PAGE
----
The Kewaunee, Green Bay and Western Railroad began shipping grain across the lake via break-bulk steamers operated by the Flint and Pere Marquette Railroad to Ludington, Michigan, bound for destinations in the East and abroad, but the service was dropped due to a railroad war involving Vanderbilt interests. The Kewaunee, Green Bay and Western route east required shipping grain across the lake on a Flint and Pere Marquette steamer to Ludington; by rail via the Flint and Pere Marquette to Port Huron, Michigan; across Canada to Buffalo on the Grand Trunk Railway; and to New York City on the Delaware, Lackawanna and Western Railroad. The Delaware, Lackawanna and Western was a competitor of Vanderbilt's. The Flint and Pere Marquette was allied with the Vanderbilt interests and did not want to funnel any business to a competitor, so it stopped sending steamers to Kewaunee. Thus, the time was right for Ashley. He crafted a route to the East Coast that included his car ferries across the lake; the Toledo, Ann Arbor and North Michigan; and the Delaware, Lackawanna and Western.
With the new route in place, the Kewaunee, Green Bay and Western did not wait for Ashley to build his car ferries. The company chartered the 183-foot wooden break-bulk steamer Osceola, which began crossing the lake in mid-January 1892. That the ship was not up to the task became apparent within a few weeks as she suffered one mishap after another. On January 27 she missed Kewaunee and wound up in Ahnapee ten miles to the north. On her next trip she encountered a winter gale that drove her off course toward the Sturgeon Bay Ship Canal where she ran aground. After she was pulled off, she was found to be leaking. She returned to Frankfort where, while tied to the dock, she took a severe pounding in a high wind and an engineer, W. P. MacDonald, was scalded to death when a steam pipe burst.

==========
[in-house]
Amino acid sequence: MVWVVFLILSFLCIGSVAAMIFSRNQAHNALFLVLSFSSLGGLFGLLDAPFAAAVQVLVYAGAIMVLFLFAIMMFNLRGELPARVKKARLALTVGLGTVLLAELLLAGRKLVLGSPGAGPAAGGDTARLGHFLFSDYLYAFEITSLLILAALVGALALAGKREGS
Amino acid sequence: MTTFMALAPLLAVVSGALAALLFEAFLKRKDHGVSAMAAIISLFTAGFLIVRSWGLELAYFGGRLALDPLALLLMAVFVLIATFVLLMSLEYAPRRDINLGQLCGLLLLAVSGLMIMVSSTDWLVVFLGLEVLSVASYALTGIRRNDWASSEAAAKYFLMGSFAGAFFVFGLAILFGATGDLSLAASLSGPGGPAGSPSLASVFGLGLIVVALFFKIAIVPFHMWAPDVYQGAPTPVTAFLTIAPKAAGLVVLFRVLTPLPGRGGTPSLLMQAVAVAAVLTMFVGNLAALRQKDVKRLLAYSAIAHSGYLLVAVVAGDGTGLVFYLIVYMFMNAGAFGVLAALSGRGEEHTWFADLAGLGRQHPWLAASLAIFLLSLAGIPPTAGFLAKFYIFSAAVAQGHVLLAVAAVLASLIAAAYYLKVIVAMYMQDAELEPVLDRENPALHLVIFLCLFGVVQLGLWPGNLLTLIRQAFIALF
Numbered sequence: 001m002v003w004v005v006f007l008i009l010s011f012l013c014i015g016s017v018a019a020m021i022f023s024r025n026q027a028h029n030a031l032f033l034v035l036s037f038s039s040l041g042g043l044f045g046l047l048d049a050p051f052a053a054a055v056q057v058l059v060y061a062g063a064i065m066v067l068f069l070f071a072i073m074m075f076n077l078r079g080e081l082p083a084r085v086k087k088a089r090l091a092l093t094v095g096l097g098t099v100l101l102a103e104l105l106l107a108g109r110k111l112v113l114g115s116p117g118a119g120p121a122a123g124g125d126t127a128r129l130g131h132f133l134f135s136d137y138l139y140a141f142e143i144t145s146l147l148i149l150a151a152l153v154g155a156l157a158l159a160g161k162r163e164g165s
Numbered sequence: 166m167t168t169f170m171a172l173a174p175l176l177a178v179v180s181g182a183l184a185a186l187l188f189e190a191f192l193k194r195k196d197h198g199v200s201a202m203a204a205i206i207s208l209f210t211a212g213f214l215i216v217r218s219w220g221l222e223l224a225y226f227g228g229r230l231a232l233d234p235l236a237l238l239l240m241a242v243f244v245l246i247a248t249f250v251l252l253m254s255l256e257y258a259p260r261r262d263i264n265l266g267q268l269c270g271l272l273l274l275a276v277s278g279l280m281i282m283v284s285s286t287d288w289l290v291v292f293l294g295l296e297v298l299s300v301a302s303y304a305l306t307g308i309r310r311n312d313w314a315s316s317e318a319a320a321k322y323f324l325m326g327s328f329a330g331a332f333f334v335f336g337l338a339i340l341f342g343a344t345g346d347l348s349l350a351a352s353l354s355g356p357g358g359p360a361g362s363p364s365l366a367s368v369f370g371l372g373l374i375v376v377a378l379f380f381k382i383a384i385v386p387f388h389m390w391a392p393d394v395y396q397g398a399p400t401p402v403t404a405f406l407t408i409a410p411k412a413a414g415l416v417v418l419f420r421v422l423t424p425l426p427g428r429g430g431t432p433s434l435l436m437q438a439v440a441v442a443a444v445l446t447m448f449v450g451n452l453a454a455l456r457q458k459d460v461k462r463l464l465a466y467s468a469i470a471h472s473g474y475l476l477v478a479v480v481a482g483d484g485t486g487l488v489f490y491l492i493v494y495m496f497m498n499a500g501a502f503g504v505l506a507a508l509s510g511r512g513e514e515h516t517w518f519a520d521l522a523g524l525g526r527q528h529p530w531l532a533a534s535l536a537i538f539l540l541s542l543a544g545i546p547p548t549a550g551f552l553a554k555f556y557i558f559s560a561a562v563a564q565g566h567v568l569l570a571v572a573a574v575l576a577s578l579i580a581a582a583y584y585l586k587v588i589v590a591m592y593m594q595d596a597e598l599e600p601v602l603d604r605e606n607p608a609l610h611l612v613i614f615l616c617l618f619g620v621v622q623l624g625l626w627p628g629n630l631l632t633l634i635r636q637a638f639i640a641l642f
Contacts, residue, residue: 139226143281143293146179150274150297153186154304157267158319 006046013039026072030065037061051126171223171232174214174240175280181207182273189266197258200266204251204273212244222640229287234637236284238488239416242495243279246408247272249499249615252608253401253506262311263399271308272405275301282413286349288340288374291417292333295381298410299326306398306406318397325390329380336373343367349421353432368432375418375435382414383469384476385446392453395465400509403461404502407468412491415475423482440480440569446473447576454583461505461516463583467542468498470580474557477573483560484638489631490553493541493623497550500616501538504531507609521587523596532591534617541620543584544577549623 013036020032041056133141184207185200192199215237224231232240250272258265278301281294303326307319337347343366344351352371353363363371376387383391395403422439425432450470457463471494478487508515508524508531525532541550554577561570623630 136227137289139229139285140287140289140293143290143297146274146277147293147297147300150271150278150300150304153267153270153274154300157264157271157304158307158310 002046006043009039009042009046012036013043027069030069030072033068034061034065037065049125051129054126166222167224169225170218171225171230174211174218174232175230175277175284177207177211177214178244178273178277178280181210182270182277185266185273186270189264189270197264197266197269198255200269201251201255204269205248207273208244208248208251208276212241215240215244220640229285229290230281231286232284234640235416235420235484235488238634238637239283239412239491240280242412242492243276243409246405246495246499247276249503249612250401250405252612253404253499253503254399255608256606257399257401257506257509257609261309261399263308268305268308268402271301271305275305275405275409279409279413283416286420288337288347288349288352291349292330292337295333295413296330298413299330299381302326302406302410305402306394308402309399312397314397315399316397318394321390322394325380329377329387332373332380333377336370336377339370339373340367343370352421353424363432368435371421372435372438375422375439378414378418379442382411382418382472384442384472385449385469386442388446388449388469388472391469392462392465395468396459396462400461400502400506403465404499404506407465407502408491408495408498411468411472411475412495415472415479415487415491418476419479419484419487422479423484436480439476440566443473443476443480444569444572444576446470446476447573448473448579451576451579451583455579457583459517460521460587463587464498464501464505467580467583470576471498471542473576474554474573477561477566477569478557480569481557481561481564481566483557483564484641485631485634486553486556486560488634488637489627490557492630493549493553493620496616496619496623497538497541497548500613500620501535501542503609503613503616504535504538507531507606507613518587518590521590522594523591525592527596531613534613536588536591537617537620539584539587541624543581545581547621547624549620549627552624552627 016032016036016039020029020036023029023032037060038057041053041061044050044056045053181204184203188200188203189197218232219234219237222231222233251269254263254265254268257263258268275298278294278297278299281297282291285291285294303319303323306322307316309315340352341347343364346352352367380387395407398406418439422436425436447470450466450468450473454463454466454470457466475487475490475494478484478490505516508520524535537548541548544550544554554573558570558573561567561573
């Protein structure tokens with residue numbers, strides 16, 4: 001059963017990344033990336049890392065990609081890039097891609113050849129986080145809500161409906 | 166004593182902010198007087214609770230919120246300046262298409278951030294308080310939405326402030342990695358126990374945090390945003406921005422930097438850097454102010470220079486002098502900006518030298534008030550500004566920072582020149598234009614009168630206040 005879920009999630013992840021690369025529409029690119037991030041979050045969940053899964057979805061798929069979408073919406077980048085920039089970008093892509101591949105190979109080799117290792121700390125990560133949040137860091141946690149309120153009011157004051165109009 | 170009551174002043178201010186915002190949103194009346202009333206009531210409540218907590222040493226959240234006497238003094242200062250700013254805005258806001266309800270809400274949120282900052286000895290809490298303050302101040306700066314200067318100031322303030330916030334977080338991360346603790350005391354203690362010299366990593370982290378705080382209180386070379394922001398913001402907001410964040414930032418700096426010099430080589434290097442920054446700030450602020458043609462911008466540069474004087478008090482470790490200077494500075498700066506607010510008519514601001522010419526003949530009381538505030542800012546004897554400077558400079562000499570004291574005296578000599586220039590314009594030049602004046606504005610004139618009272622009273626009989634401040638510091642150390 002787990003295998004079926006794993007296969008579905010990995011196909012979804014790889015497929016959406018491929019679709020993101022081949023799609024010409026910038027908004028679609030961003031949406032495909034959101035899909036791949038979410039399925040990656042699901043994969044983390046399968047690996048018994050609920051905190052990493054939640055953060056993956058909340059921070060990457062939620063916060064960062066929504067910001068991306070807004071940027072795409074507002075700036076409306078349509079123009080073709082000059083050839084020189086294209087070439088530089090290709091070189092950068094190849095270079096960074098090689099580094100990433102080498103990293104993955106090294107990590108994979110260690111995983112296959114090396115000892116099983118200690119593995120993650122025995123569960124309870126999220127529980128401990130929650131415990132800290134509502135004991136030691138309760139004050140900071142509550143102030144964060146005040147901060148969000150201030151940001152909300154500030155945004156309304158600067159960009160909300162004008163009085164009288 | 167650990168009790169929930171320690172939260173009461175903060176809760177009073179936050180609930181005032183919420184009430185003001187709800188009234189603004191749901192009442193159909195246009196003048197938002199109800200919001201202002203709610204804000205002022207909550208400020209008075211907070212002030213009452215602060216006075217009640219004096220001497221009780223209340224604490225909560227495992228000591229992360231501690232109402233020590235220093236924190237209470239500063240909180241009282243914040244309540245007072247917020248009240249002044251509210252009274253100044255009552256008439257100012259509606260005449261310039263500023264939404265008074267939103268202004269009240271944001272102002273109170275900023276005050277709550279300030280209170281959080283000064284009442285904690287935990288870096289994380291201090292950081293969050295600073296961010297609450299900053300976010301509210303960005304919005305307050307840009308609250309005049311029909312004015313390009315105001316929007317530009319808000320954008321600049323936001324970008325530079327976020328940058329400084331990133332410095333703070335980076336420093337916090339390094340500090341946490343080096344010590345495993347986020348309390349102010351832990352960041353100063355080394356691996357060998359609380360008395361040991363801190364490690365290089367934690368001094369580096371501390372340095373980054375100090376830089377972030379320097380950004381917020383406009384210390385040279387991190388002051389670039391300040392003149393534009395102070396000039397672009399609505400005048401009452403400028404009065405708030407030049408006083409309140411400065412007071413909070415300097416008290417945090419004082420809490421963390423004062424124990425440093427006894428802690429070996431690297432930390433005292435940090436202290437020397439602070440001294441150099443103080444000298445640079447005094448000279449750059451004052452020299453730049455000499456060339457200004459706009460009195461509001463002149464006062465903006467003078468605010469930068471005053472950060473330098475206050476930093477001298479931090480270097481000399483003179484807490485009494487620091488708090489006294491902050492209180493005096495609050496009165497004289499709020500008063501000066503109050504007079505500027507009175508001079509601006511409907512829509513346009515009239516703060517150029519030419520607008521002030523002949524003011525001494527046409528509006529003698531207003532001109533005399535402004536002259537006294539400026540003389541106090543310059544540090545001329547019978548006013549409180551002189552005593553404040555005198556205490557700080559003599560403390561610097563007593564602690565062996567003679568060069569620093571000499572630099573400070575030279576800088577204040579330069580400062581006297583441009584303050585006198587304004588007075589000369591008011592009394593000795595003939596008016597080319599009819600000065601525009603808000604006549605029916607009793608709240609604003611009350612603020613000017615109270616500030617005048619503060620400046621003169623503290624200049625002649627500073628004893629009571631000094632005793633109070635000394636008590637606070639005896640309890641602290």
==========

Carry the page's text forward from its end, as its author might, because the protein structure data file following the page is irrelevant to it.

Excerpted from NINETY YEARS CROSSING LAKE MICHIGAN by Grant Brown, Jr. Copyright © 2008 by Grant Brown, Jr. . Excerpted by permission of THE UNIVERSITY OF MICHIGAN PRESS. All rights reserved. No part of this excerpt may be reproduced or reprinted without permission in writing from the publisher.
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Introduction Ice and Ice Breaking 1
1 The Beginning 1
2 The Testing 24
3 The Perils of Green Bay 43
4 A Dangerous Lake Michigan 59
5 From Out of the Blue 73
6 The Men Who Built It 85
7 The Winter of 1917 98
8 The Voyage of the No. 4 113
9 New Ships "Conquer" Green Bay: The Ann Arbor No. 4 Is Retired 126
10 The Winter of 1936: The Great Depression 138
11 Prosperity and Improvement 152
12 A Profound Influence 163
13 The Men Who Built It - Continued 176
14 The Decline 191
15 More Winter Ice: 1959, 1963, 1977 199
16 Rebirth and Defeat: The Final Years 219
Appendix Ann Arbor Ships and Their Disposition 247
Posted April 2, 2009
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Posted December 17, 2009